Hyper-Velocity Impacts on Rubble Pile Asteroids

Front Cover
Springer, Dec 1, 2016 - Science - 164 pages
The thesis presents a tool to create rubble pile asteroid simulants for use in numerical impact experiments, and provides evidence that the asteroid disruption threshold and the resultant fragment size distribution are sensitive to the distribution of internal voids. This thesis represents an important step towards a deeper understanding of fragmentation processes in the asteroid belt, and provides a tool to infer the interior structure of rubble pile asteroids. Most small asteroids are 'rubble piles' – re-accumulated fragments of debris from earlier disruptive collisions. The study of fragmentation processes for rubble pile asteroids plays an essential part in understanding their collisional evolution. An important unanswered question is “what is the distribution of void space inside rubble pile asteroids?” As a result from this thesis, numerical impact experiments can now be used to link surface features to the internal structure and therefore help to answer this question. Applying this model to asteroid Šteins, which was imaged from close range by the Rosetta spacecraft, a large hill-like structure is shown to be most likely primordial, while a catena of pits can be interpreted as evidence for the existence of fracturing of pre-existing internal voids.
 

What people are saying - Write a review

We haven't found any reviews in the usual places.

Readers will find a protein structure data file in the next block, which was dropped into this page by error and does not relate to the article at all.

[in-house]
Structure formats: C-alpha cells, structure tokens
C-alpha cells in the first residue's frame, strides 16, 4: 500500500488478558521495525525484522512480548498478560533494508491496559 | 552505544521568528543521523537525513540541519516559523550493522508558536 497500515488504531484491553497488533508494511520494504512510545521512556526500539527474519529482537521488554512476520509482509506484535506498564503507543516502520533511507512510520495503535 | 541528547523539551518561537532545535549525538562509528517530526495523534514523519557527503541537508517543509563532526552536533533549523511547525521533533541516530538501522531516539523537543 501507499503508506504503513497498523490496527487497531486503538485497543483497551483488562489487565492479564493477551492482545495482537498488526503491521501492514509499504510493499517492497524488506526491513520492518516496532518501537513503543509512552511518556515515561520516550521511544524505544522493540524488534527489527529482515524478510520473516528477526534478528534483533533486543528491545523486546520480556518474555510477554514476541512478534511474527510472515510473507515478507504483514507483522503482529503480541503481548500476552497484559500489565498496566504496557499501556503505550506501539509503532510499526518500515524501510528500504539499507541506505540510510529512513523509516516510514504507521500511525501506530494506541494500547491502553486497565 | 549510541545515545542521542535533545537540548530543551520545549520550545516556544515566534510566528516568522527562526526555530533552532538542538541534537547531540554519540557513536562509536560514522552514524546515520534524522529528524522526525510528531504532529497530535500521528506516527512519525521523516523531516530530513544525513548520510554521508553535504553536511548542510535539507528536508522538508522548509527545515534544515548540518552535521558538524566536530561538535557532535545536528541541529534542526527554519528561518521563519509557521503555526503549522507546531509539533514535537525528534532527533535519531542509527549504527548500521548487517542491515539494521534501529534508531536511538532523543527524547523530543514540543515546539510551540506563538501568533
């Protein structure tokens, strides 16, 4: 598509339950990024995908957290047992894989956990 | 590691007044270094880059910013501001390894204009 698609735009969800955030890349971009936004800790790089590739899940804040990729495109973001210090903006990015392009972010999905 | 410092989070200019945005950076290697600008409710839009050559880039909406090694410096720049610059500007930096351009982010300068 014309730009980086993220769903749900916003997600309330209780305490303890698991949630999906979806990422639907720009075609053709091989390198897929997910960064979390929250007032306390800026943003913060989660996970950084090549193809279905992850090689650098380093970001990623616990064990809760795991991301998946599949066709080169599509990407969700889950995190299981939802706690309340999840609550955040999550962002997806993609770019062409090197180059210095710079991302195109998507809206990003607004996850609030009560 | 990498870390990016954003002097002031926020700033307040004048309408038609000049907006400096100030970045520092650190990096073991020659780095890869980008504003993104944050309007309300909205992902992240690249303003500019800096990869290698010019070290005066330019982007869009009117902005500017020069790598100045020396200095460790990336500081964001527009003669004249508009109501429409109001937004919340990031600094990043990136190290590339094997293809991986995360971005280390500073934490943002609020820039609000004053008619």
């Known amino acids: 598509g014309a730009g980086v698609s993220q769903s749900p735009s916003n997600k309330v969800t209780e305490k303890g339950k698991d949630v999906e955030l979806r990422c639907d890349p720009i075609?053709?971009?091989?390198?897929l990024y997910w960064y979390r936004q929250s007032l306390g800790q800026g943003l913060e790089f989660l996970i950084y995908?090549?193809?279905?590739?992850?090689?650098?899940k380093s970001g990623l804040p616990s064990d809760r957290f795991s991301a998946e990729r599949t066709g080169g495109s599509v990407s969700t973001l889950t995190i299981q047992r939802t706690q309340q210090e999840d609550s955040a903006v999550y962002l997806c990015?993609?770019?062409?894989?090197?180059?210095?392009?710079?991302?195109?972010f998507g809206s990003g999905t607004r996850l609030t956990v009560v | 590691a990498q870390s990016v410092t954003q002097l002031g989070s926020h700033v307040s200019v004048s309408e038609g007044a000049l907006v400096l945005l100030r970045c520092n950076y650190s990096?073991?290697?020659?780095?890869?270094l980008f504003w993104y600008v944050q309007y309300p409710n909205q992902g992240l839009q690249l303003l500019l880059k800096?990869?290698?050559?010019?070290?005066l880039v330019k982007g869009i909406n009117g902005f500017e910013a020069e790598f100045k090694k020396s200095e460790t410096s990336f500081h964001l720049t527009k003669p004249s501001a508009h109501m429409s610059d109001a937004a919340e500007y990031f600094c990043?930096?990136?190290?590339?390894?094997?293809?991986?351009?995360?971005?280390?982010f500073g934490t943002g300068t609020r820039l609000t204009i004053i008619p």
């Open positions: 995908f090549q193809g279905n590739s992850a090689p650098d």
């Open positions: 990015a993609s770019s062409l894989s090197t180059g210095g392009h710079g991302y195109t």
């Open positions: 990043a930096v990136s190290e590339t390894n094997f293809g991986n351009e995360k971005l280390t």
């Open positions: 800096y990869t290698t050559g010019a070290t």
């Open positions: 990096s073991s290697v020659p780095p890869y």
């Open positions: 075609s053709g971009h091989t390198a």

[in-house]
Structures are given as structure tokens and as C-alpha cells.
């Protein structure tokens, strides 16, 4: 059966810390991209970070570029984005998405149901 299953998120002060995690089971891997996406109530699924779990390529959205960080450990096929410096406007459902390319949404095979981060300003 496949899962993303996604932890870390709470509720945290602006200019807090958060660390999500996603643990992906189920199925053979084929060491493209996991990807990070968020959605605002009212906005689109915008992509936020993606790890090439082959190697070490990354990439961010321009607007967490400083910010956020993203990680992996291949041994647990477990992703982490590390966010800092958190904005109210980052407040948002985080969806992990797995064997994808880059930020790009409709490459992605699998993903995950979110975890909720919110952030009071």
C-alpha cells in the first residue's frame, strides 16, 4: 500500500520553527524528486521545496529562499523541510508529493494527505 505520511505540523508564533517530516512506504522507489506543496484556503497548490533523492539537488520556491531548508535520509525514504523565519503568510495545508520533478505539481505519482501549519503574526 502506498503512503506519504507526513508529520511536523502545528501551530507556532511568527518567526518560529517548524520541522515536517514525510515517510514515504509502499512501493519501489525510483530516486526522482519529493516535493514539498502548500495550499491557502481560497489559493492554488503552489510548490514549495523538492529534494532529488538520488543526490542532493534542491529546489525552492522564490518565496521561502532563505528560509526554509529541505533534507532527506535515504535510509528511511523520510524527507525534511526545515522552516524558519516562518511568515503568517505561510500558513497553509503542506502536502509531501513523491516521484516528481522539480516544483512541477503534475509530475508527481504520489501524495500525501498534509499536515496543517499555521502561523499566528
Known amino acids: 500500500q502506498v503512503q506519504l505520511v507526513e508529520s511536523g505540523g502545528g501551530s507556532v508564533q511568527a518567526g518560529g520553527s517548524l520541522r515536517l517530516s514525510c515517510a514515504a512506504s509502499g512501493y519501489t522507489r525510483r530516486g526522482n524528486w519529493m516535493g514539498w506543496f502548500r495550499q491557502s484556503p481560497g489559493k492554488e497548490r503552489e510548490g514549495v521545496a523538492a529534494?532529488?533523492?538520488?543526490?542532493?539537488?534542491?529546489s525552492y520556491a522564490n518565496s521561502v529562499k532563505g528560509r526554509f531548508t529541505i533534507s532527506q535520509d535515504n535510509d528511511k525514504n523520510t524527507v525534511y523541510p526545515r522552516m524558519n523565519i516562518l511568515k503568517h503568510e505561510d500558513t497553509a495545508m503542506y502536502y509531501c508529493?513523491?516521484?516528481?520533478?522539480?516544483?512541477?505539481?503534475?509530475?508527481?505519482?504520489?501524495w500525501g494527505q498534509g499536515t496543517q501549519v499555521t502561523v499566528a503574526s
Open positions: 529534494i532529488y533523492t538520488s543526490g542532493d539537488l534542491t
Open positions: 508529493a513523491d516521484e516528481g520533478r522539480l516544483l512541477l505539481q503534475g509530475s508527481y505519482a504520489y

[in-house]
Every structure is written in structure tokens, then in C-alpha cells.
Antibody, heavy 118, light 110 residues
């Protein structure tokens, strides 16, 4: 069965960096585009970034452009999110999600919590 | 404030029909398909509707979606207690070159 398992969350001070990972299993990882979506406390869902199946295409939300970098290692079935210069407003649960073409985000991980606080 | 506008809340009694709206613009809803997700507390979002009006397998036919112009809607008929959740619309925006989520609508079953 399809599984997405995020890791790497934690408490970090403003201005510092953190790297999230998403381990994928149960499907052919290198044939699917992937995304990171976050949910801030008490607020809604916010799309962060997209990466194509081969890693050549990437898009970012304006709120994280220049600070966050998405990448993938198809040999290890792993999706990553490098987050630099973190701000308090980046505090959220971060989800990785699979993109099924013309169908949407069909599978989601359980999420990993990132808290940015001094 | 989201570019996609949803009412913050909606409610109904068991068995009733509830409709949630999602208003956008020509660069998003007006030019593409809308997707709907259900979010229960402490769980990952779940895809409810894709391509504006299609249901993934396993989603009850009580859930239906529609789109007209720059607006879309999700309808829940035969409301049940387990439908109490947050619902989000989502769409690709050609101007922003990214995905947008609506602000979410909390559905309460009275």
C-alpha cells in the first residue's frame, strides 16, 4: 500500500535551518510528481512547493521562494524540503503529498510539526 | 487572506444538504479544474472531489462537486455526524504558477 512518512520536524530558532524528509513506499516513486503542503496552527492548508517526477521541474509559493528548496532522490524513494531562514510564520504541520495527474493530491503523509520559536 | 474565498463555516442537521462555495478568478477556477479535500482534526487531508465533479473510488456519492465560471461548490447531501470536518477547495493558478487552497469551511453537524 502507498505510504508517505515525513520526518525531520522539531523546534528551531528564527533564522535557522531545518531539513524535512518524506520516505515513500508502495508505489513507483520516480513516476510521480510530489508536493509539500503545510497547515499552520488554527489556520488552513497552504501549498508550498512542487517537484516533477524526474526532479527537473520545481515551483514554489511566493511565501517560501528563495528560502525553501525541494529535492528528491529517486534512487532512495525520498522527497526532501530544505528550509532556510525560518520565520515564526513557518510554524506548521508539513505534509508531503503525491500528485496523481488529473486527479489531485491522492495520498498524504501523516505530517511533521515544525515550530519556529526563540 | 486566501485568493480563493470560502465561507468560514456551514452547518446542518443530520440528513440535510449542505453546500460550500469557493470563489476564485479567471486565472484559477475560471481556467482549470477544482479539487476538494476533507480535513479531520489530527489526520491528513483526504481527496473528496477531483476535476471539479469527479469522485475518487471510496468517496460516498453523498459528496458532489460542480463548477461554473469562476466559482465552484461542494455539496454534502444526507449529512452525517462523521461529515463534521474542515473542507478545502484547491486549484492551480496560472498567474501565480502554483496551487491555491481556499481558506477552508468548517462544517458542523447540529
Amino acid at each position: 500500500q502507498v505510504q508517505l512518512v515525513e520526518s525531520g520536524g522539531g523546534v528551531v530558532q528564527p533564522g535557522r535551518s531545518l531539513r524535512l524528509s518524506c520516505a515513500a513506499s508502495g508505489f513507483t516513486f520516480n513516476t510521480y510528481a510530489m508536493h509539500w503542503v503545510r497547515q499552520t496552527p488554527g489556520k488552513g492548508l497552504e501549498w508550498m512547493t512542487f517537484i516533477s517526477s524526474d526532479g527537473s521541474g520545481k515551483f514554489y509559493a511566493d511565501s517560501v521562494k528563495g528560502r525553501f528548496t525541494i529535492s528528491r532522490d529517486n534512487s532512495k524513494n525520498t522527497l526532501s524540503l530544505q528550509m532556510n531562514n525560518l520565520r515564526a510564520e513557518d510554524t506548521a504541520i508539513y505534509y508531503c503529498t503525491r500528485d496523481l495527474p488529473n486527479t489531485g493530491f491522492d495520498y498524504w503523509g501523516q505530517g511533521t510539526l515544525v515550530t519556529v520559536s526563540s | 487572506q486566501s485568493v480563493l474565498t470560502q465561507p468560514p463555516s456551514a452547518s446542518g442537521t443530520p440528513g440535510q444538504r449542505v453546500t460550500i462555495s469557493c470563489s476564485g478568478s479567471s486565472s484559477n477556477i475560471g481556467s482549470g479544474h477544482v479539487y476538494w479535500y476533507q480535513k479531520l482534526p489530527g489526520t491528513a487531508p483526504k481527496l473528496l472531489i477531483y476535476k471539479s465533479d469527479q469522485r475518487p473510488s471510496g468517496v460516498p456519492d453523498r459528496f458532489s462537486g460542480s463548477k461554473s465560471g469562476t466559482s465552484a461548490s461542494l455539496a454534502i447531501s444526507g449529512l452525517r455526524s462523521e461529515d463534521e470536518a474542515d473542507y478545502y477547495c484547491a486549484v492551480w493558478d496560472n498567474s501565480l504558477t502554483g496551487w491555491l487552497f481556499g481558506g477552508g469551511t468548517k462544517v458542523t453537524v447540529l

Contents

1 Introduction
1
2 Methods
49
3 A New Approach to Modelling Impacts on Rubble Pile Asteroid Simulants
69
4 Impacts on Rubble Pile Asteroid Šteins
91
5 Discussion
129
Appendix ATable
151
Appendix BCode Listings
152
Appendix CGlosssary
157
Index
163
Copyright

Other editions - View all

Common terms and phrases

About the author (2016)

Jakob Deller has defended his PhD thesis in September 2015. His PhD project was jointly accompanied and funded by the University of Kent and the Max Planck Institute for Solar System Research, Göttingen. He was awarded the Pierazzo International Student Travel Award by the Planetary Science Institute, Tucson, Arizona, and presented his work in multiple international conferences. He gained observing experience at the NTT at La Silla Observatory, Chile.
He was awarded his M. Sc. in November 2011 with a thesis on the ‘Stability of some recently found circumbinary systems’ supervised by Prof. Dr. S. Dreizler at the Institute for Astrophysics Göttingen, Germany.

Bibliographic information